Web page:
Twitter, meanwhile, when our networking event, our speed dating space, our standup special, is now our apocalyptic wasteland. I still see us rambling on, as if a funny one-liner could give us the validation we need to climb our professional quagmire or help us meet the love of our lives, but it’s pointless. Since Elon Musk’s tenure, I walk in and am immediately confused by its algorithm; not sure why I can only see Tweets from people I’ve never heard of, posts about upsetting topics I’ve never dealt with before. It is the opposite of TikTok; so lacking in intuition that I feel like clapping my hands and suggesting we just “let it go” and watch Netflix instead.
So where are millennials destined to go? Instagram may have supportive communities (especially when it comes to parenting), but overall the platform feels like a strange, artificial universe. There’s a tragic sense that everyone is still playing along with a game that ended long ago—the one where we all pretended our lives were relentlessly awesome and our skin was naturally so smooth. All the old hot girls I used to obsess over have had babies or become doulas or business women and their brands are too well-educated to reveal any grit or dirt. Sometimes they post about their cellulite and tell you “not to believe everything you see on the internet”, but a few hours later it’s back to the bikini pictures and sunset handstands. Zoomers see through it. Boomers couldn’t care less. It’s just us millennials—staring at long-distance photos of bike rides or some sort of newly domesticated tedium involving homemade chips or the aforementioned paddleboarding, longing for the adrenaline rush of logging into 2006.
Is it Substack? Do I launch a Substack on my shed renovation? Or different ways to make tofu fun? Hopelessly devoted tofu? I didn’t have enough hot takes for Twitter, let alone 800 words a week for six subscribers, four of whom will never open the email. Reddit is a viable option – in fact millennials are its biggest users in the UK, but the interface makes me uneasy and I go online to stare at people I vaguely know rather than want to Deadpool spoilers and cat memes.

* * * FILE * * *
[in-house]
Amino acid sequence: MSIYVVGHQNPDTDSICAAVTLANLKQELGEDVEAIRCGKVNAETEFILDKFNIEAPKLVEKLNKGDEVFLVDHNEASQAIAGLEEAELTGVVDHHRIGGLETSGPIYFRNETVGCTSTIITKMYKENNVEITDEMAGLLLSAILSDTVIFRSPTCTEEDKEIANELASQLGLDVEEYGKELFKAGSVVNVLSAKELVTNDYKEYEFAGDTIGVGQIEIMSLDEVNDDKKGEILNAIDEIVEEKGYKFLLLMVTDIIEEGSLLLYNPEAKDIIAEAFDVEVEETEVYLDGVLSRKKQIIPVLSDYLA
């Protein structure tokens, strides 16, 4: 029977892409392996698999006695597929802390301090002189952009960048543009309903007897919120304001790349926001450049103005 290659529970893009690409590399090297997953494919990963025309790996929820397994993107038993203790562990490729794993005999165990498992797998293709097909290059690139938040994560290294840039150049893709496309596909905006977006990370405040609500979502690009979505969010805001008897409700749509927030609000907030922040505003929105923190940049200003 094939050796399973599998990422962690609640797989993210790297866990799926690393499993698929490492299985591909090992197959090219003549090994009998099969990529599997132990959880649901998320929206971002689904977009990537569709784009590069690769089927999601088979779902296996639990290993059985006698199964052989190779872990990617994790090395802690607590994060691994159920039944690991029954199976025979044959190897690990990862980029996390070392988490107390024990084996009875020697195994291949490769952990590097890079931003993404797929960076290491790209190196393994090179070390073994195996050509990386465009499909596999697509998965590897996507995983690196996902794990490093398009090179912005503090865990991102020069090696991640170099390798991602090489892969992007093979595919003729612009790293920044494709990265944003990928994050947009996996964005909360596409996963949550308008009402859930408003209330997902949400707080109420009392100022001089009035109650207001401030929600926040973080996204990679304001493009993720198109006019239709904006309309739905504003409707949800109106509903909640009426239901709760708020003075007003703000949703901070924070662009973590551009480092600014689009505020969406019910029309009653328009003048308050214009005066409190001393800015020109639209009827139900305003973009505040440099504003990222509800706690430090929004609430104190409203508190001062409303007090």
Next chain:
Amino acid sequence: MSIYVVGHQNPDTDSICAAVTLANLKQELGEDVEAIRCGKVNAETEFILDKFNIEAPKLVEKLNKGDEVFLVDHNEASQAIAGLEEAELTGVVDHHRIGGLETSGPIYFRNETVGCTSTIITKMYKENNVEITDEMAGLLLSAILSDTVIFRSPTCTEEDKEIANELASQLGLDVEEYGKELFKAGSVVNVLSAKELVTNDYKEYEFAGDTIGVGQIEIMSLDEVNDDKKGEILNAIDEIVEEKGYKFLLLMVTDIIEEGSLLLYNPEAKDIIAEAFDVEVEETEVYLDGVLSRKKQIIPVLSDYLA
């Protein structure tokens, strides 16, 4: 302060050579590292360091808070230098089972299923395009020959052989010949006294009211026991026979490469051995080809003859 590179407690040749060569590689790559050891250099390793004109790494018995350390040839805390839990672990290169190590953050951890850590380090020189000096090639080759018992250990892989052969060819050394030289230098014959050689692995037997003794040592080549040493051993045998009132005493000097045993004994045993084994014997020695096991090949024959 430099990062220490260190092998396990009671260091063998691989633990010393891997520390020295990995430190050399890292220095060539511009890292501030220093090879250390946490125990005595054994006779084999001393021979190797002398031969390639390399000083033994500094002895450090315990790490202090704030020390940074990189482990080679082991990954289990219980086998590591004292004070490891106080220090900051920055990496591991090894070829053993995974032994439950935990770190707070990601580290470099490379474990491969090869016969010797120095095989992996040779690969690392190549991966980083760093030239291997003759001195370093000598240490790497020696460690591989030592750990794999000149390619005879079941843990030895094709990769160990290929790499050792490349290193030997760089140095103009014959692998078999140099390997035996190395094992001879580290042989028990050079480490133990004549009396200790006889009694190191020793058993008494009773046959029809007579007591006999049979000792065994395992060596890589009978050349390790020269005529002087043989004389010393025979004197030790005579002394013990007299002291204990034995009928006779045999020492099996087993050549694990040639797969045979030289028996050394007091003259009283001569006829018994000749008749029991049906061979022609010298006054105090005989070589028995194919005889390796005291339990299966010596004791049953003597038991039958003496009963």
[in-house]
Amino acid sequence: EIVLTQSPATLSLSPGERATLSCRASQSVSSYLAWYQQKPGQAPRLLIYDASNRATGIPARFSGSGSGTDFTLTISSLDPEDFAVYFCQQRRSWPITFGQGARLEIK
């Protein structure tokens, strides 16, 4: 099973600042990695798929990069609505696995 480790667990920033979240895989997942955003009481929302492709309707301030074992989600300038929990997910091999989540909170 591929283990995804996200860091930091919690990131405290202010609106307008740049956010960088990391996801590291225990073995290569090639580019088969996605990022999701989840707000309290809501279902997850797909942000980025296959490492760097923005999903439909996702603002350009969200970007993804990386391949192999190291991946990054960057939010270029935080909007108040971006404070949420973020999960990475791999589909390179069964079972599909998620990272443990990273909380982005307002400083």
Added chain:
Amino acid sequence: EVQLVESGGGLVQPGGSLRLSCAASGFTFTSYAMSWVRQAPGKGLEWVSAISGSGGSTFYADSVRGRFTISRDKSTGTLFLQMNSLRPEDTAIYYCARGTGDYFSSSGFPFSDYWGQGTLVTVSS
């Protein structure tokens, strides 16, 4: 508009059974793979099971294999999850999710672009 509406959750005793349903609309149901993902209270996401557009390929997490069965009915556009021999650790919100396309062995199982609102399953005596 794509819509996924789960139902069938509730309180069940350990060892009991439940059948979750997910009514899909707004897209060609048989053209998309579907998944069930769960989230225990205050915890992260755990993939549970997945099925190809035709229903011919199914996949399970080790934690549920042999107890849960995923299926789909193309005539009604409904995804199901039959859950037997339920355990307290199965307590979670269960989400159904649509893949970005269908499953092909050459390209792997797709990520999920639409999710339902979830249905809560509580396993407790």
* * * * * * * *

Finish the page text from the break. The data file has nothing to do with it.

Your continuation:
As I play over the internet, unable to satisfy my need for a peak of the noxious digital buzz, I realize that maybe I’m not the problem. The social media that I grew up with is not what it used to be. It no longer holds that voyeuristic thrill that attracted me in the first place—the one that made me feel excited, fascinated, as if I could see someone else’s life in an unfiltered, uncurated way. I don’t want content creators to show me their Arket moves. I want uploads of 58 pictures from a house party that reveal the unflattering side profile of a popular person I’ve always been jealous of. The internet was once an unauthorized porthole into someone else’s life, rather than a proud declaration of their existence that could spark enough engagement to land a sponsorship deal.
On top of the readily available millennial ridicule and lack of community, it’s clear that I’m no longer compatible with how these platforms and their users now operate. If so, maybe it’s time for me, and the rest of my anxious, internet-savvy generation, to do the most credible thing we’ve ever done: log out for good.
At least until we’re ready to upgrade to Facebook. Or Tena Lady.
“Is This OK?: One Woman’s Search for Connection Online” by Harriet Gibsone available in stores now
#Uncool #scroll #internet #hostile #millennials